Harper's hustle, not homer, makes impression
ATLANTA -- The Atlanta Braves gave Bryce Harper an inch. He took 90 feet.
For anybody who wanted to see what is so exceptional about Harper, his singular capacity for making a difference was on display Saturday. What happened with Harper occurred in an instant. But that is all Harper required to make another strong impression.
And no, it wasn't the opposite-field homer the 19-year-old Washington Nationals rookie hit off a very tough lefty, Jonny Venters, of the Atlanta Braves. That was impressive in its own right for its own reasons. This was something else.
The moment came in the fifth inning. It had no bearing on the outcome, an 8-4 Washington victory. It did not lead to a run. But it was instructive about what kind of a player Harper is.
With two outs and none on, Washington leading by two, Harper singled sharply to right. The ball was hit directly at Braves right fielder Jason Heyward, and it was hit well enough so that it would reach Heyward in little time.
Heyward came in on the ball just a bit casually, but this had routine single written all over it. Except, to Bryce Harper; to him, it said second base.
Harper never hesitated coming around first. Heyward bobbled the ball ever so slightly. But Harper was headed for second at top speed before that happened. What looked a lot like "He's trying for second? You've got to be kidding me," suddenly turned into Harper sliding into second, comfortably ahead of the tag.
The play was scored a single and an error. That was a standard scoring decision. But you wished there was a way to get Bryce Harper something more than a single there, some additional credit for hustle, for awareness, for baseball intelligence; all of it blended of course, with a large amount of speed.
"You know, that's a heads-up play," Nationals manager Davey Johnson said. "Heyward went after it kind of nonchalantly.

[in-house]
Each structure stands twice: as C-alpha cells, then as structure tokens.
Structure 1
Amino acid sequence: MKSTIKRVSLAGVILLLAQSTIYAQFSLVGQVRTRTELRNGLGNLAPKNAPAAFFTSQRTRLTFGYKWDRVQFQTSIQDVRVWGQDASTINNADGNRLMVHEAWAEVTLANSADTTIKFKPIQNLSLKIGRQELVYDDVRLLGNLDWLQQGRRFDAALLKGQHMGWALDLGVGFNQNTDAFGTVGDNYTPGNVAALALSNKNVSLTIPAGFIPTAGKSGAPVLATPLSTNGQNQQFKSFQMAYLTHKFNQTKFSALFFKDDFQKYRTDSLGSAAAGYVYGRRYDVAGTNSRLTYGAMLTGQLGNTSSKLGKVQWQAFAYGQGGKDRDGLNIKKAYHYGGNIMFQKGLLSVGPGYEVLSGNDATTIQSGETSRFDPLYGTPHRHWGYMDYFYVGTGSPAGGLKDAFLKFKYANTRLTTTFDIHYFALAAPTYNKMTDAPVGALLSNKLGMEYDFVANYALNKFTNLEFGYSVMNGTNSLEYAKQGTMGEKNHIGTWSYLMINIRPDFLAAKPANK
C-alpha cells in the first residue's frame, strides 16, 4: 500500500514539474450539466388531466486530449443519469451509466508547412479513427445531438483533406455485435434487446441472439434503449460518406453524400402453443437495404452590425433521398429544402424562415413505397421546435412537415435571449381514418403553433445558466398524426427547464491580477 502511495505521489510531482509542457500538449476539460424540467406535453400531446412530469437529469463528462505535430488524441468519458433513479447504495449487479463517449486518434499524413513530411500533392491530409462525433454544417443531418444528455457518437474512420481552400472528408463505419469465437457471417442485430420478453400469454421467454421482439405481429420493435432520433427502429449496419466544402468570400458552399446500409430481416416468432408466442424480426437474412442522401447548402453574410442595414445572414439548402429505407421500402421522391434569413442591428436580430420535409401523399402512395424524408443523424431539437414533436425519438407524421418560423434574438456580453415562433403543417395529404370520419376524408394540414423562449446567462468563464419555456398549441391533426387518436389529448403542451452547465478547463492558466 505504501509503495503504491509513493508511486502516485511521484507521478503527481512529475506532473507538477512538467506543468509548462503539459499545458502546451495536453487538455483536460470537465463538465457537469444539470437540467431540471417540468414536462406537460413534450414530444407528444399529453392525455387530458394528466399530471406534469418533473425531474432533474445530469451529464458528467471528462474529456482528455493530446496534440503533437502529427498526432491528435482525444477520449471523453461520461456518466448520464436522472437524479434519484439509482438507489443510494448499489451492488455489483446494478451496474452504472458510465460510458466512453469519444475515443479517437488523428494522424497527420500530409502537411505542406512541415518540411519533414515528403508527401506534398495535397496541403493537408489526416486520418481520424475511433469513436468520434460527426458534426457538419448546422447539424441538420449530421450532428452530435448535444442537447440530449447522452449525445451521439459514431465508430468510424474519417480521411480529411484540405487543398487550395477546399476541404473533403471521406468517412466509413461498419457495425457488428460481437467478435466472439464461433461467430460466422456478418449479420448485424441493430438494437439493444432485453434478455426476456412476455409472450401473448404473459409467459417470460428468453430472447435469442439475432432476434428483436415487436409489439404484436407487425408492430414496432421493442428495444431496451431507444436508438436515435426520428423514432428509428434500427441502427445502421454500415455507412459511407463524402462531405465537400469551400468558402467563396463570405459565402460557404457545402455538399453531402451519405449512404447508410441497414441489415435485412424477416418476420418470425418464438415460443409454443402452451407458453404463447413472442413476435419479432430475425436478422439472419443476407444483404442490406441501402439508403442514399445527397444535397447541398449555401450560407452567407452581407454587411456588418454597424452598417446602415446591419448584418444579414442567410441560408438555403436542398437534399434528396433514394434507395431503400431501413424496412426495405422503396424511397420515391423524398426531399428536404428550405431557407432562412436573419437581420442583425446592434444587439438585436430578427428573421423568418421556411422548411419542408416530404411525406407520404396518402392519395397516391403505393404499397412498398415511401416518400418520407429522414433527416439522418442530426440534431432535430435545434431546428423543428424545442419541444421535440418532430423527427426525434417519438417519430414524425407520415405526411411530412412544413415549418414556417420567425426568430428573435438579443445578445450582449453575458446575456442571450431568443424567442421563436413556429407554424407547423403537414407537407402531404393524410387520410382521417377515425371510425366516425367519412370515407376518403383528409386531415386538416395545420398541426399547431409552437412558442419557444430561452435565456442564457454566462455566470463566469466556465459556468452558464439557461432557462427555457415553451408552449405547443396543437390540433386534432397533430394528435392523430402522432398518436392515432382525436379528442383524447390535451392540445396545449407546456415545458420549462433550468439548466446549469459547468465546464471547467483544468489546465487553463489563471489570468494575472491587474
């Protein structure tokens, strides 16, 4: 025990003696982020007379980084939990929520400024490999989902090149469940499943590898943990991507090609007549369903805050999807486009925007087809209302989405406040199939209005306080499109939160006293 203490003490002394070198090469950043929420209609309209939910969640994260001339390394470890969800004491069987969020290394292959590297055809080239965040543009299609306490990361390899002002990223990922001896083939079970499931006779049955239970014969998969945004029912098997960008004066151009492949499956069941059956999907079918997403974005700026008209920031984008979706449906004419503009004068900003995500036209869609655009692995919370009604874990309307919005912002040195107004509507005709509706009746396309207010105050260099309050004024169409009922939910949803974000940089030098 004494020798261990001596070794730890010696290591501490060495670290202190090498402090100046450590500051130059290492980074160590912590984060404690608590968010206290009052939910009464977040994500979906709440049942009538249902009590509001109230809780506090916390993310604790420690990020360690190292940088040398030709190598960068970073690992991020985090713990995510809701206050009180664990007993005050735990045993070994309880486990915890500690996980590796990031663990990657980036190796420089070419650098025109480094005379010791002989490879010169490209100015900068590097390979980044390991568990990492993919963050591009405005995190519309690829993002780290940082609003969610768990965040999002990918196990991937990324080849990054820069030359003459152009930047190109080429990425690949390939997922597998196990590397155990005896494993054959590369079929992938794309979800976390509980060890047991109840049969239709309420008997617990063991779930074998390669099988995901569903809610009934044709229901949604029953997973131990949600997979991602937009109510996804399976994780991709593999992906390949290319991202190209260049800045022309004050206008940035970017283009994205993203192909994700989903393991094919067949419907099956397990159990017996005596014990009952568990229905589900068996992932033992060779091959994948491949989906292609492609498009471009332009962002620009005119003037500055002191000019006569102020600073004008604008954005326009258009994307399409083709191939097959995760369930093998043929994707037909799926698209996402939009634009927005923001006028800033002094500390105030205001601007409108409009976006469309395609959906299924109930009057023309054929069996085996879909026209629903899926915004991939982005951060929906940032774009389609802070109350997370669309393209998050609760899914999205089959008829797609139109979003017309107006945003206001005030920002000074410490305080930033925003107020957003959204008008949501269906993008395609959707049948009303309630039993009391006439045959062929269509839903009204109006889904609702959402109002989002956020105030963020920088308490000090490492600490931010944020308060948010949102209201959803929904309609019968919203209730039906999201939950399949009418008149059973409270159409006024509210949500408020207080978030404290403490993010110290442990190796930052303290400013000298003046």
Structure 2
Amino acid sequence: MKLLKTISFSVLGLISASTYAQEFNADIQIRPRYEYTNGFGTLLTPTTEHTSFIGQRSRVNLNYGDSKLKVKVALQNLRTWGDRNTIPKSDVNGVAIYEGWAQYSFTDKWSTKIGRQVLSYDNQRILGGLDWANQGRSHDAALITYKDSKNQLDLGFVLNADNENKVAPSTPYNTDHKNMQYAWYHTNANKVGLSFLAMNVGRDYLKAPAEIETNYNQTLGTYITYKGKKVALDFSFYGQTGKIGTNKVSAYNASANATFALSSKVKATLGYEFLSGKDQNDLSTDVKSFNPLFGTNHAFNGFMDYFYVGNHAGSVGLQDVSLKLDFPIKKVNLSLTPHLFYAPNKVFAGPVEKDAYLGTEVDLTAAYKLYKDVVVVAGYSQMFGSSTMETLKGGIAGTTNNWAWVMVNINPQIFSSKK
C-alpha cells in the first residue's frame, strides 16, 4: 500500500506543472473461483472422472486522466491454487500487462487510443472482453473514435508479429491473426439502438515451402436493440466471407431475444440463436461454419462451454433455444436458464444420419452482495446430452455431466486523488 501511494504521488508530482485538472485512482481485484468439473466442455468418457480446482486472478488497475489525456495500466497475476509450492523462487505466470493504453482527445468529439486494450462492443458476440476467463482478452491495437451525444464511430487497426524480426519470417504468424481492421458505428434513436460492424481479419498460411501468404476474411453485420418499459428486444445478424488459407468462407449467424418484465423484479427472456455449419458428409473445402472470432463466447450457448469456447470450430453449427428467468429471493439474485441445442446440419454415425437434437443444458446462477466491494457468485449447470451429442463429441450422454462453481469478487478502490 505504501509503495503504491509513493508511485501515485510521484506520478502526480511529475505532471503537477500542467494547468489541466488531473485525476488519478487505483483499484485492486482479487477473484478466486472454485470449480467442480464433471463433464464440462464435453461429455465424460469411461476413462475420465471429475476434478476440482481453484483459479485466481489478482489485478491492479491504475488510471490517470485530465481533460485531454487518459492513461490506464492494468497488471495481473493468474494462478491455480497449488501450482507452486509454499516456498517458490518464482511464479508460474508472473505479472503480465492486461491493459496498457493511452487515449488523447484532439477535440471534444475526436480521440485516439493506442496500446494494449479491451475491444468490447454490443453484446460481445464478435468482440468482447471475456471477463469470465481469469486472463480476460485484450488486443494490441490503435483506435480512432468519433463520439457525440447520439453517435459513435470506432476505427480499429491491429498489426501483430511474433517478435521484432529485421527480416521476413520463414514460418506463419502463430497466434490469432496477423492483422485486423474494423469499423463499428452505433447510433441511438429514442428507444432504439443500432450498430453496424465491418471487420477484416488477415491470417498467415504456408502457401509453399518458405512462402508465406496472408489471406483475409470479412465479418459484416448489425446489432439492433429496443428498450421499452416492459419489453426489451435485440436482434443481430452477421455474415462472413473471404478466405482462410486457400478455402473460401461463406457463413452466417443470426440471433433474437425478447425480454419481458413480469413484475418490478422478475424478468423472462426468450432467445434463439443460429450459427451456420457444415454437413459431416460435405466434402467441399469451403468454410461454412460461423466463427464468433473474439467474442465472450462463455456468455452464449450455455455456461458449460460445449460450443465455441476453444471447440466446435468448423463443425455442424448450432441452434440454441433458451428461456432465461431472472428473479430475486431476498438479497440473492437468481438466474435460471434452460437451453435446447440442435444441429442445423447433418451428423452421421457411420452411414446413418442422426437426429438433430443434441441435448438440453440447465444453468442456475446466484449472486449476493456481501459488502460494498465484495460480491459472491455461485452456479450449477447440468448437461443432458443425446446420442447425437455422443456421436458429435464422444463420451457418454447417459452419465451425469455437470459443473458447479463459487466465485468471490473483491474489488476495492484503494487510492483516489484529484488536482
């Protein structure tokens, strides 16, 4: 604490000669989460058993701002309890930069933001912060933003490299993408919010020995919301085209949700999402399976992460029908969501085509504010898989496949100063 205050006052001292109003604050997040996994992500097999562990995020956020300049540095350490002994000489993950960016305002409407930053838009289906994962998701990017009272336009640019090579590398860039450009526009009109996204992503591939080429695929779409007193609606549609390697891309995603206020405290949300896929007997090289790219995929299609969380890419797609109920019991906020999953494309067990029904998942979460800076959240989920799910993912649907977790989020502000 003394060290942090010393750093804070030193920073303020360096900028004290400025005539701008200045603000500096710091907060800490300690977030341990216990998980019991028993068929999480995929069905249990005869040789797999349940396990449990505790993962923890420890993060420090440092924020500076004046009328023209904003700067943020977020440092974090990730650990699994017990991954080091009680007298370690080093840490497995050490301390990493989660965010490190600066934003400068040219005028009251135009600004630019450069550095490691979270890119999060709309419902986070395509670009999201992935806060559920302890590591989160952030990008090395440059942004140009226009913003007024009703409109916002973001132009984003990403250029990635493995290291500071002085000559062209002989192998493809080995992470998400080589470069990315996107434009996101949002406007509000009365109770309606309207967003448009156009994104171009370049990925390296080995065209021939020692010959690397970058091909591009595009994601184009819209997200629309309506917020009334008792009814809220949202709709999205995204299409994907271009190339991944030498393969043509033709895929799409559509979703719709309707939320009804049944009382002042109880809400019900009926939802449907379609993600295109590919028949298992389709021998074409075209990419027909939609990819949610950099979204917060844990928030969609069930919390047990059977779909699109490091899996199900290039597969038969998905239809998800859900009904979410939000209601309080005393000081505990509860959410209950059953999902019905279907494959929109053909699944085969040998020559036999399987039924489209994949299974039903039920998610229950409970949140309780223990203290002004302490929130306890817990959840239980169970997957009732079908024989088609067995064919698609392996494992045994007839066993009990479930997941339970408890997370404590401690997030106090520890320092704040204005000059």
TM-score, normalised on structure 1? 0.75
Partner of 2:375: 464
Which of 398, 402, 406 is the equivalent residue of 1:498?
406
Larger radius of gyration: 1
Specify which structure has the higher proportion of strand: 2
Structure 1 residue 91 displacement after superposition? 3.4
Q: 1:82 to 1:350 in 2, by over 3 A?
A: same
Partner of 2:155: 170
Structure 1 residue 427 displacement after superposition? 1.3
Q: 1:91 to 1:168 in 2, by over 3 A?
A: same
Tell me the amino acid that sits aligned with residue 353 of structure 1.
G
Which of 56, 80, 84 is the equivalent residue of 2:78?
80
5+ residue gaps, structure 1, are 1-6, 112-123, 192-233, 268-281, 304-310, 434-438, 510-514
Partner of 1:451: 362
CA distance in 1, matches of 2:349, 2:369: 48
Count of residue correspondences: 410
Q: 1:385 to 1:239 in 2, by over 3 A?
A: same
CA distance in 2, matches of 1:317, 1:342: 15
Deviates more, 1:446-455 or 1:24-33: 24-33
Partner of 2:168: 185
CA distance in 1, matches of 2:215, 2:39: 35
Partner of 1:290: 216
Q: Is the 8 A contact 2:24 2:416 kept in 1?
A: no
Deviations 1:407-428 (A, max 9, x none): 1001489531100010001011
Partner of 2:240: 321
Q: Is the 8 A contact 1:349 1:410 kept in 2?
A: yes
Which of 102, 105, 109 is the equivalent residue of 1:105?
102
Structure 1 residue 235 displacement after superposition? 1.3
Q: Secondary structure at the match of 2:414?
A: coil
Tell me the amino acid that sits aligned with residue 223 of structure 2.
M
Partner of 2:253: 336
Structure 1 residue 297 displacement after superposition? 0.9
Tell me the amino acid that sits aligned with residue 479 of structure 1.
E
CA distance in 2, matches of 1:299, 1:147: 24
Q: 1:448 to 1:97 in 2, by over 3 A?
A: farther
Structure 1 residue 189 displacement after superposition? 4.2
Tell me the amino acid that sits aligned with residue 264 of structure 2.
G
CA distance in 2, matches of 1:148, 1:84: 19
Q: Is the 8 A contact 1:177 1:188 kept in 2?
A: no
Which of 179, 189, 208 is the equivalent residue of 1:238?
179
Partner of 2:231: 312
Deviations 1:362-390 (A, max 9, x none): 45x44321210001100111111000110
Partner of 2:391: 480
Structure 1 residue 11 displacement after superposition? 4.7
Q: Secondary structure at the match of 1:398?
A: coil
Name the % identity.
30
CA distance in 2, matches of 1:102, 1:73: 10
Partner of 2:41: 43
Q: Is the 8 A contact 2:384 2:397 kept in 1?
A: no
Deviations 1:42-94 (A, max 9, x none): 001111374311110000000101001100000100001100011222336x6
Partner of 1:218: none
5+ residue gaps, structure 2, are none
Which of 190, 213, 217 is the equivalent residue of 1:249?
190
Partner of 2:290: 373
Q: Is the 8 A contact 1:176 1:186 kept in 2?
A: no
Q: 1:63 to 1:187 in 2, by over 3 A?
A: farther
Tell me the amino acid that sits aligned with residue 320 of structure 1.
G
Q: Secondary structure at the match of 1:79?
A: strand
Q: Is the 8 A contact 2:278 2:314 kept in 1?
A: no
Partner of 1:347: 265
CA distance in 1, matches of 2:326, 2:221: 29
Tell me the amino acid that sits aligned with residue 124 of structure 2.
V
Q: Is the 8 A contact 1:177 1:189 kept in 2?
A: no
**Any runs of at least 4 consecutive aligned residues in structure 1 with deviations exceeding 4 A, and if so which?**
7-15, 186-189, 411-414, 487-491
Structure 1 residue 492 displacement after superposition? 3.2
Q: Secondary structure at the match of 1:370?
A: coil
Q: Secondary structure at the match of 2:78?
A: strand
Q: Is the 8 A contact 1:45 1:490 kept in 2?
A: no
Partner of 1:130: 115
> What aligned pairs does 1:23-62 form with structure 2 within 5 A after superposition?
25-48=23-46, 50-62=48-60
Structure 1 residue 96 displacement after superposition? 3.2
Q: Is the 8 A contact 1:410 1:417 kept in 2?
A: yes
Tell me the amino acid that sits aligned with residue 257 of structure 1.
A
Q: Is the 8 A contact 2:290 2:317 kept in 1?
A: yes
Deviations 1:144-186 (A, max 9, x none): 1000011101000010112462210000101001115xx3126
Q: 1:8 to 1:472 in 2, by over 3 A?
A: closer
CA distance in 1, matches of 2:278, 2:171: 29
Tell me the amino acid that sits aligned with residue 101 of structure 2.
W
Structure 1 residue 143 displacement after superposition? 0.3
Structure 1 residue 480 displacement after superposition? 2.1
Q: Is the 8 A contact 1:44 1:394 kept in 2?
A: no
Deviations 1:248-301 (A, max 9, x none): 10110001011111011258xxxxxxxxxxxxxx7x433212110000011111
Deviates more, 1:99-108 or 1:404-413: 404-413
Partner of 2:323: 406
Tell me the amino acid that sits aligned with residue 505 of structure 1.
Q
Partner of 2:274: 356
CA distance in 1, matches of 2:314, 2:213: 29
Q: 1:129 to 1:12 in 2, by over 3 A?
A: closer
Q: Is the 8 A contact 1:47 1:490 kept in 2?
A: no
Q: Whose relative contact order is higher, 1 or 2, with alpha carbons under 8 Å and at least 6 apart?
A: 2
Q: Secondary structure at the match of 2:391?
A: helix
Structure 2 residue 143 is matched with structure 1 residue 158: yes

"After the play [Heyward] went like this," Johnson said, tapping his chest. "'My fault.' He knew it. I used to get a lot of extra-base hits where you hit the ball and if the guy didn't come in hard, just keep running."
It was a hot day in late May at Turner Field, still 91 degrees at 6 p.m. But the one guy who wouldn't be playing at anything like a languid pace would be Bryce Harper.
"If the outfielder doesn't come hard, I usually take the next bag," Harper said. "I came hard out of the box. I was on my way [to second] before he bobbled it, and then once he bobbled it, I knew that I was pretty much surely in there."
Here is another solid indication of who Harper is and will be as a player. He liked this play better than the seventh-inning solo home run off Venters.
"Absolutely, a good hustle double, that's always fun," Harper said. "Maybe they didn't give it to me, but I thought it was. You know, I like doing that. It's part of my game."
The solo home run rounded off a productive day at the plate for Harper, who was 2-for-4 with a walk. It was Harper's third home run and his first off a left-hander. He becomes just the third left-handed batter to homer off Venters.
Harper, just 26 games into his big league career, has made steady progress at the plate, making consistently hard contact. After a difficult start, his numbers are respectable (.278, .366, .495) and obviously trending upward.
"I feel pretty good up there right now," Harper said. "I think it's just a matter of time before I get going. I struggle at the beginning usually and once I see guys and what not, that's when things really get going. Having guys around me that can really swing it helps, also. [Ryan] Zimmerman hitting behind me scares some people."
The hype has been legendary for the arrival of this player. But you watch him play and you understand; he is more substance than hype. The image that will stick from this game will be Bryce Harper getting two bases on what for the vast majority of baseball humanity was a completely routine single.
"Whatever his age is," Johnson said with a smile, "that was a pretty damned good play."
Mike Bauman is a national columnist for MLB.com. This story was not subject to the approval of Major League Baseball or its clubs.